How is art both distinct and different from the rest of human life, while also mattering in and for it? This central yet overlooked question in contemporary philosophy of art is at the heart of Georg Bertram’s new aesthetic. Drawing on the resources of diverse philosophical traditions – analytic philosophy, French philosophy, and German post-Kantian philosophy – his book offers a systematic account of art as a human practice. One that remains connected to the whole of life.
In his groundbreaking new book, Georg Bertram argues that human beings turn to artistic meaning-making precisely when they are foundering in practice or confused about how to find coherence and value in their practical lives–a recurring phenomenon within the disruptions of modernity. Audiences of artworks in turn participate imaginatively in the work’s sensuous-formal exploration of new possibilities of sense. In this way, Bertram shows how art is neither a matter of entertainment alone nor theoretical insight alone, but instead urgently and intimately part of the ongoing, reciprocal self-constitution of subjects as bearers of stances within and on practices. There is no better account than this of how and why art matters.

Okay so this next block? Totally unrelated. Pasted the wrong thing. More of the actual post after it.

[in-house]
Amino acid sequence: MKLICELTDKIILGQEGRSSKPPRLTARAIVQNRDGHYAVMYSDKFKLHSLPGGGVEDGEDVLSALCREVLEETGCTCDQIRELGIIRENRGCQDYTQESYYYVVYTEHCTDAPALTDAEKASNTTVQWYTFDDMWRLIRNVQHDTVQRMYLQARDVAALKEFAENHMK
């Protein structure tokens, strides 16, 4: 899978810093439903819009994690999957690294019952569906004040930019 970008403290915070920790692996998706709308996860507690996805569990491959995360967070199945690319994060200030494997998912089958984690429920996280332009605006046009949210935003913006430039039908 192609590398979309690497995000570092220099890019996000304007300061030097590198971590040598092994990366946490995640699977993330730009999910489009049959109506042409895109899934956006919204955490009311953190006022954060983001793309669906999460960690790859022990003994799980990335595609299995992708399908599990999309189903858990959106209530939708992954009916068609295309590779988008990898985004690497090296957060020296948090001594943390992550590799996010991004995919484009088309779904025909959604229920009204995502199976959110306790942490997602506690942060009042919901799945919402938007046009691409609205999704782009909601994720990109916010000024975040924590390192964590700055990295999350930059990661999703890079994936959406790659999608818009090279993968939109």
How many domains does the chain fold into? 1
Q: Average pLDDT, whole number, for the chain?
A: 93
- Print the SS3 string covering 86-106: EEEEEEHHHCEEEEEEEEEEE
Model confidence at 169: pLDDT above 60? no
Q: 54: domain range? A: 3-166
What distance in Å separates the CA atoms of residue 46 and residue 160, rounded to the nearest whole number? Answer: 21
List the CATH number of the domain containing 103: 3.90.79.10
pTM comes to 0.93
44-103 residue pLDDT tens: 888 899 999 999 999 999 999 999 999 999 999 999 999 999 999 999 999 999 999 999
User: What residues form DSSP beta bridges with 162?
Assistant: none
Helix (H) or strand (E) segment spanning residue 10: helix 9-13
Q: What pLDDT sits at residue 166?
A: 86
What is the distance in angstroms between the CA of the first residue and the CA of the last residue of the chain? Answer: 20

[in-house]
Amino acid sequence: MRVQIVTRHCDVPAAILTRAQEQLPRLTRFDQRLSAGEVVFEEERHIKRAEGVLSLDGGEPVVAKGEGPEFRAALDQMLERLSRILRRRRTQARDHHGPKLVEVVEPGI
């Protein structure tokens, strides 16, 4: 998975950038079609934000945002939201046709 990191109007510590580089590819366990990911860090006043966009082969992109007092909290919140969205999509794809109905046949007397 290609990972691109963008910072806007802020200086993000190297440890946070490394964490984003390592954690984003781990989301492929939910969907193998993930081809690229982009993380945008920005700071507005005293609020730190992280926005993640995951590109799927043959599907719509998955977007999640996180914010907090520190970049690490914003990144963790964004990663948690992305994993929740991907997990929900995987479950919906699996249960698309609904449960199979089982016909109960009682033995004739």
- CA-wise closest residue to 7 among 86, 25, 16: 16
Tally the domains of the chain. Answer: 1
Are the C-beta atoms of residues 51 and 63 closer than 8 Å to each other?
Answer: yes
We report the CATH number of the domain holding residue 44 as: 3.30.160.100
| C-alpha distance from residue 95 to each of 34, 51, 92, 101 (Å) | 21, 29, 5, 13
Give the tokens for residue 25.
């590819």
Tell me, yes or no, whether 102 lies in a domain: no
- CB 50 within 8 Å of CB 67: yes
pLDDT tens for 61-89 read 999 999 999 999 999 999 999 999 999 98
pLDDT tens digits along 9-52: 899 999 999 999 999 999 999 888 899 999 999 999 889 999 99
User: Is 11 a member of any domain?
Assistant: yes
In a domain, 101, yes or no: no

About the Author
Georg W. Bertram is Professor of Philosophy and Aesthetics at the Freie Universität Berlin, Germany.
Nathan Ross is Associate Professor of Philosophy at Oklahoma State University, USA.